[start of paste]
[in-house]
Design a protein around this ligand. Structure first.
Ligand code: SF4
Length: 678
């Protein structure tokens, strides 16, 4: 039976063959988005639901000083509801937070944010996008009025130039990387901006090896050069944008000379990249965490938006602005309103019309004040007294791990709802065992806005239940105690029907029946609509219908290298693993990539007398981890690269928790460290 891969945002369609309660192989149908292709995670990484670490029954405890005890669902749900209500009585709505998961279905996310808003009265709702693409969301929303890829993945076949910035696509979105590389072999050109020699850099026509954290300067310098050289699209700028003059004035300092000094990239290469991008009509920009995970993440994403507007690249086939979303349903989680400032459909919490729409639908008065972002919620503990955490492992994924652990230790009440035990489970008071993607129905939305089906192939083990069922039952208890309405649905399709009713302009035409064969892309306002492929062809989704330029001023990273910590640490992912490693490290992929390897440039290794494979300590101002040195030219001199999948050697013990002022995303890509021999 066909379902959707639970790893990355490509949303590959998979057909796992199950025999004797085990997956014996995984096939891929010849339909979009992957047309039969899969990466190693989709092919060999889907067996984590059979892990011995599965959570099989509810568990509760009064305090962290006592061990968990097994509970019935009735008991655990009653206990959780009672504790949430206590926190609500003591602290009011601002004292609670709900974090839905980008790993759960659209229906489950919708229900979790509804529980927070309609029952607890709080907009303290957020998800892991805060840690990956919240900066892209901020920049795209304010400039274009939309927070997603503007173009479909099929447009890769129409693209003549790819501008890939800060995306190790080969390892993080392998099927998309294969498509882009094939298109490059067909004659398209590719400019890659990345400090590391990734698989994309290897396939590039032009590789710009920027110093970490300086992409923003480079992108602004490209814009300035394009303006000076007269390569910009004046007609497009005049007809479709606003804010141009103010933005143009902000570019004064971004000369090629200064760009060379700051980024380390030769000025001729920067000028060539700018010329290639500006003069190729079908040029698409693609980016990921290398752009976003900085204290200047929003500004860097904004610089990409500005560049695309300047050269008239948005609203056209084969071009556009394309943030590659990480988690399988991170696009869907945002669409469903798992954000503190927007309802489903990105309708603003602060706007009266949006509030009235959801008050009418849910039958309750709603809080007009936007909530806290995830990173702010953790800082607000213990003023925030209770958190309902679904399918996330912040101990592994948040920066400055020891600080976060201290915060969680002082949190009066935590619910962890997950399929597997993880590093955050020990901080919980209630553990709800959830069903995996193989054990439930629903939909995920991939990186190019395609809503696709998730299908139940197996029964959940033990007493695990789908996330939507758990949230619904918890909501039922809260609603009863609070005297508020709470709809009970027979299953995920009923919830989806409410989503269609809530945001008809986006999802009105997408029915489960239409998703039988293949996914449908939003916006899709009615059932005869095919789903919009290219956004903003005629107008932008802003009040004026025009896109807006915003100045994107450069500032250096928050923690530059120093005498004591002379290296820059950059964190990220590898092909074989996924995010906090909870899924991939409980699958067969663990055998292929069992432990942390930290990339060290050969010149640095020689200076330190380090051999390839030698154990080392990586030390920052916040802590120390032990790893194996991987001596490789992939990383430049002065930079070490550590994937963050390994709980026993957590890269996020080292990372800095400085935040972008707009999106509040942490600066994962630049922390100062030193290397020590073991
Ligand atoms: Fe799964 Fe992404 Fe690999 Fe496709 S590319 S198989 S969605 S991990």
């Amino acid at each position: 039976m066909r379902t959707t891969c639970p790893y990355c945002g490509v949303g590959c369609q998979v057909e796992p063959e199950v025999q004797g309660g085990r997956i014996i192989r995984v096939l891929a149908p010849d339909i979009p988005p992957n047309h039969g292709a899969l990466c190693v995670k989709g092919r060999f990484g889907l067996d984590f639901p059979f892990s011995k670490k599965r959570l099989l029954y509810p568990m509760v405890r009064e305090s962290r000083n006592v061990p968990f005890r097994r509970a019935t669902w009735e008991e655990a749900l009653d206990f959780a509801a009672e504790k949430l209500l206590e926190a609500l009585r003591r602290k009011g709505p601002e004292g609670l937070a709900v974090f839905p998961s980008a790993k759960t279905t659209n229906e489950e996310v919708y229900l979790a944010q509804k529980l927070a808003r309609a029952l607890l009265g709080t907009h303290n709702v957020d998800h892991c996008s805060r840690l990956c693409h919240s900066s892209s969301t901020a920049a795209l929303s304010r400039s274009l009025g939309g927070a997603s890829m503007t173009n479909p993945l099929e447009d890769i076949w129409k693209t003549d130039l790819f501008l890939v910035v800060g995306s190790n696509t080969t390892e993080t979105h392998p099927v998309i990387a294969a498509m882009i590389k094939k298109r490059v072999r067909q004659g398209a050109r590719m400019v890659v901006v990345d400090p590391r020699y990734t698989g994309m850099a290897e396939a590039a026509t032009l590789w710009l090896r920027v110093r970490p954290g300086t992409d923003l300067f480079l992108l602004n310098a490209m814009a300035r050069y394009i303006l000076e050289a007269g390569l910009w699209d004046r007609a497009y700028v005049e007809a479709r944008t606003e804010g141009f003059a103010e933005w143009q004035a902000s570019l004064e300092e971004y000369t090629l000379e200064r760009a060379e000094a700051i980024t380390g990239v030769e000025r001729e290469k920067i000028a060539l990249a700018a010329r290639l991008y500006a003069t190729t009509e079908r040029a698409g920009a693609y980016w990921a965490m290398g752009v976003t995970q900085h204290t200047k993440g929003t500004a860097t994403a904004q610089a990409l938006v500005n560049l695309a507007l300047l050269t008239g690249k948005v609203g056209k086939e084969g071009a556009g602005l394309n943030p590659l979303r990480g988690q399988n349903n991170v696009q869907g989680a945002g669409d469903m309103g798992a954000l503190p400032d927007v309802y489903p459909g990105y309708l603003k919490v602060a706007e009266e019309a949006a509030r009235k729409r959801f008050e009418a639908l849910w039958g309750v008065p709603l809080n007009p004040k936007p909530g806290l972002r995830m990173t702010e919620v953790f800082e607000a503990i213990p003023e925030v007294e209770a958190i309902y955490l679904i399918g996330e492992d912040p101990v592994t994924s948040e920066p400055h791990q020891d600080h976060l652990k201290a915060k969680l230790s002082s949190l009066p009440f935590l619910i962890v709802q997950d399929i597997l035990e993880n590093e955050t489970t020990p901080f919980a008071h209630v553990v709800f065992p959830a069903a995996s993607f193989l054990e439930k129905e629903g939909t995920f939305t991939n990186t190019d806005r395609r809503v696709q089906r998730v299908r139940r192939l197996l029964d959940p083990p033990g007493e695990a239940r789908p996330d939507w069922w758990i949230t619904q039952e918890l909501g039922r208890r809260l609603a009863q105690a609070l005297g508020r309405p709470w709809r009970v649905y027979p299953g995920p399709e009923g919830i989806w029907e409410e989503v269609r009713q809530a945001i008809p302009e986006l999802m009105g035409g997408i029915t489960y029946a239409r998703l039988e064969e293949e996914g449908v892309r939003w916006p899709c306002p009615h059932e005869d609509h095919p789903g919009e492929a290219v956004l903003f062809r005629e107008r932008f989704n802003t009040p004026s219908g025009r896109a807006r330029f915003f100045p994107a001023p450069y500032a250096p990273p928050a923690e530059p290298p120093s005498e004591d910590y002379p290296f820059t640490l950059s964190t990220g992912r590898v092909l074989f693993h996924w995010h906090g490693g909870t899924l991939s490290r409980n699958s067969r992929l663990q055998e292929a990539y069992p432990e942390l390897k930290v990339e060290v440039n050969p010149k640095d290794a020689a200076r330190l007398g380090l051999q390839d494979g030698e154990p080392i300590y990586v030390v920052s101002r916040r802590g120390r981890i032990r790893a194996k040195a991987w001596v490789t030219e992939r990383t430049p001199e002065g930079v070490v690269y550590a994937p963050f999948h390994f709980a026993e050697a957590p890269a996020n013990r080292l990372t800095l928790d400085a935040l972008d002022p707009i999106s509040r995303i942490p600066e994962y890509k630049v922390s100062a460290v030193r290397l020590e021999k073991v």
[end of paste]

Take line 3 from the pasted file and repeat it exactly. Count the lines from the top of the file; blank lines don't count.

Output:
Ligand code: SF4